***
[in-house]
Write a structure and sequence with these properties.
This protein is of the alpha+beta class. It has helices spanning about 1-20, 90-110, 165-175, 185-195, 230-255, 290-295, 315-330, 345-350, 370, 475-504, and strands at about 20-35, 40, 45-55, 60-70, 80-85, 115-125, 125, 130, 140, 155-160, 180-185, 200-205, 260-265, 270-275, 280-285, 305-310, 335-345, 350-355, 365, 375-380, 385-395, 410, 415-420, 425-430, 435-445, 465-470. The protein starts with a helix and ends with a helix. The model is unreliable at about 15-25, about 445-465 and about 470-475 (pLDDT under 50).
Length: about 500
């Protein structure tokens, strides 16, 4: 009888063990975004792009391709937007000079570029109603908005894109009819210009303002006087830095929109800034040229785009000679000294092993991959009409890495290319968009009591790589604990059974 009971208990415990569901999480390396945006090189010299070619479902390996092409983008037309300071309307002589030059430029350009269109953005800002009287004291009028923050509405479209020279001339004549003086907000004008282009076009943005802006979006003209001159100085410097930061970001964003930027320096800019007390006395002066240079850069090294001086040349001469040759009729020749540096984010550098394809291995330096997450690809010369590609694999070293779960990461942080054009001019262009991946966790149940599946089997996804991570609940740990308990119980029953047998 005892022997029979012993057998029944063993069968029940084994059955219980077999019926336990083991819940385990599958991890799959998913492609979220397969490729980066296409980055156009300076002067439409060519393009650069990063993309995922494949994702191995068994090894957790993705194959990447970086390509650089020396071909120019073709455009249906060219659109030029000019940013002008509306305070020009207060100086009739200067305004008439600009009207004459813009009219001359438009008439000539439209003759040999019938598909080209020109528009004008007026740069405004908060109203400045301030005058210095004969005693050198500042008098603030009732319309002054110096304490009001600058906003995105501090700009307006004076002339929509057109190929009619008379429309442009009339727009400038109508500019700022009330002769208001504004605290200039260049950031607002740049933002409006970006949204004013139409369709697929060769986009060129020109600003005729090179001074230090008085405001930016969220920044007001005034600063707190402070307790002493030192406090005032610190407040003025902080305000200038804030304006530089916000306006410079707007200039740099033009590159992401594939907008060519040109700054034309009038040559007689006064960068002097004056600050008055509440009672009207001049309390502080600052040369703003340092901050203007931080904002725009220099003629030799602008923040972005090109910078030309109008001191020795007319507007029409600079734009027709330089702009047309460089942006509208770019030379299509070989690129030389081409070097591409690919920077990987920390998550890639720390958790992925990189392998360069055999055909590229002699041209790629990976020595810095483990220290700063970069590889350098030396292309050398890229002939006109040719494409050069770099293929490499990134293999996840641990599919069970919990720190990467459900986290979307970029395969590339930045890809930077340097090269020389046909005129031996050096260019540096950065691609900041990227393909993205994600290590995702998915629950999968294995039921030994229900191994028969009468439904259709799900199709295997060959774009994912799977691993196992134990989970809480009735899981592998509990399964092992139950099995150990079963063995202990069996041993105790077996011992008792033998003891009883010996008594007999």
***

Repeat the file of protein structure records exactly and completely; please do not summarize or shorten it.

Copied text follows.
[in-house]
Write a structure and sequence with these properties.
This protein is of the alpha+beta class. It has helices spanning about 1-20, 90-110, 165-175, 185-195, 230-255, 290-295, 315-330, 345-350, 370, 475-504, and strands at about 20-35, 40, 45-55, 60-70, 80-85, 115-125, 125, 130, 140, 155-160, 180-185, 200-205, 260-265, 270-275, 280-285, 305-310, 335-345, 350-355, 365, 375-380, 385-395, 410, 415-420, 425-430, 435-445, 465-470. The protein starts with a helix and ends with a helix. The model is unreliable at about 15-25, about 445-465 and about 470-475 (pLDDT under 50).
Length: about 500
């Protein structure tokens, strides 16, 4: 009888063990975004792009391709937007000079570029109603908005894109009819210009303002006087830095929109800034040229785009000679000294092993991959009409890495290319968009009591790589604990059974 009971208990415990569901999480390396945006090189010299070619479902390996092409983008037309300071309307002589030059430029350009269109953005800002009287004291009028923050509405479209020279001339004549003086907000004008282009076009943005802006979006003209001159100085410097930061970001964003930027320096800019007390006395002066240079850069090294001086040349001469040759009729020749540096984010550098394809291995330096997450690809010369590609694999070293779960990461942080054009001019262009991946966790149940599946089997996804991570609940740990308990119980029953047998 005892022997029979012993057998029944063993069968029940084994059955219980077999019926336990083991819940385990599958991890799959998913492609979220397969490729980066296409980055156009300076002067439409060519393009650069990063993309995922494949994702191995068994090894957790993705194959990447970086390509650089020396071909120019073709455009249906060219659109030029000019940013002008509306305070020009207060100086009739200067305004008439600009009207004459813009009219001359438009008439000539439209003759040999019938598909080209020109528009004008007026740069405004908060109203400045301030005058210095004969005693050198500042008098603030009732319309002054110096304490009001600058906003995105501090700009307006004076002339929509057109190929009619008379429309442009009339727009400038109508500019700022009330002769208001504004605290200039260049950031607002740049933002409006970006949204004013139409369709697929060769986009060129020109600003005729090179001074230090008085405001930016969220920044007001005034600063707190402070307790002493030192406090005032610190407040003025902080305000200038804030304006530089916000306006410079707007200039740099033009590159992401594939907008060519040109700054034309009038040559007689006064960068002097004056600050008055509440009672009207001049309390502080600052040369703003340092901050203007931080904002725009220099003629030799602008923040972005090109910078030309109008001191020795007319507007029409600079734009027709330089702009047309460089942006509208770019030379299509070989690129030389081409070097591409690919920077990987920390998550890639720390958790992925990189392998360069055999055909590229002699041209790629990976020595810095483990220290700063970069590889350098030396292309050398890229002939006109040719494409050069770099293929490499990134293999996840641990599919069970919990720190990467459900986290979307970029395969590339930045890809930077340097090269020389046909005129031996050096260019540096950065691609900041990227393909993205994600290590995702998915629950999968294995039921030994229900191994028969009468439904259709799900199709295997060959774009994912799977691993196992134990989970809480009735899981592998509990399964092992139950099995150990079963063995202990069996041993105790077996011992008792033998003891009883010996008594007999």